What, exactly does retro mean, and where does it come from? This post discusses the definition and derivation of this modern-looking but old-fashioned term.
The adjective retro stems, by way of the French term rétro (short for rétrograde), directly from a Latin preposition meaning “backward” or “behind” and pertains as a stand-alone word to a nostalgic or old-fashioned trend, especially in regard to apparel or decor. (Both those words, by the way, also come from Latin by way of French—Anglo-French, that is, in the case of the former term.)
Retrograde, itself, borrowed into English as such, not only can be identical in meaning with retro but also pertains more literally to backwardness: It refers to backward motion, occurrence, or performance or such behavior that is the opposite of the usual action, especially in astronomical contexts, in which it usually alludes to the apparent backward movement of planets. (The antonym is anterograde.) It is also synonymous with inverse and alludes to reversion to a simpler, inferior, or previous state. In medicine, it pertains to amnesia that affects memories from before a precipitating event such as an injury.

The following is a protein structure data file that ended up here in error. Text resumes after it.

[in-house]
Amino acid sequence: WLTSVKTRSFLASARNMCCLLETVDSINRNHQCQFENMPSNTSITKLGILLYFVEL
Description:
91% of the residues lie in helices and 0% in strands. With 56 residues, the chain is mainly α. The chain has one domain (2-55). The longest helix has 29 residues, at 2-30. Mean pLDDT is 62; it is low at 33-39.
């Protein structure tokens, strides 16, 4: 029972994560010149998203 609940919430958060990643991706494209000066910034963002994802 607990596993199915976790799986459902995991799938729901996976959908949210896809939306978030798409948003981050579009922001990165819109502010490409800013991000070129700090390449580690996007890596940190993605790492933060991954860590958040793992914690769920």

Retro appears as a prefix in a number of other words, including, most commonly, retroactive, which means “effective from a particular date in the past,” and retrospective, which can be synonymous with retroactive but also means “pertaining to the past or something that happened in the past. The word can also be used as a noun, usually to describe an exhibition of an artist’s previous works. Other noun forms are retrospect (literally, “looking back”), generally used in the phrase “in retrospect” (although the word is also used as an adjective and a verb), and retrospection, which describes the action of looking back.
Another familiar term is retrofit, a verb meaning “provide with new components not originally available” but usually pertaining to fortifying a structure against earthquake damage. Retrovirus, meanwhile, refers to a virus with an enzyme that reverses the usual genetic pattern. Finally, a retronym is a phrase coined in response to introduction of a variation of a well-known phenomenon that equals or supersedes the original in popularity or ubiquity, as when the adjective analog was appended to clock to describe a nondigital timepiece or when M&Ms were distinguished as “plain” or “peanut” when the latter type was introduced.
Numerous other terms, usually seen in medical or scientific contexts, also include the prefix.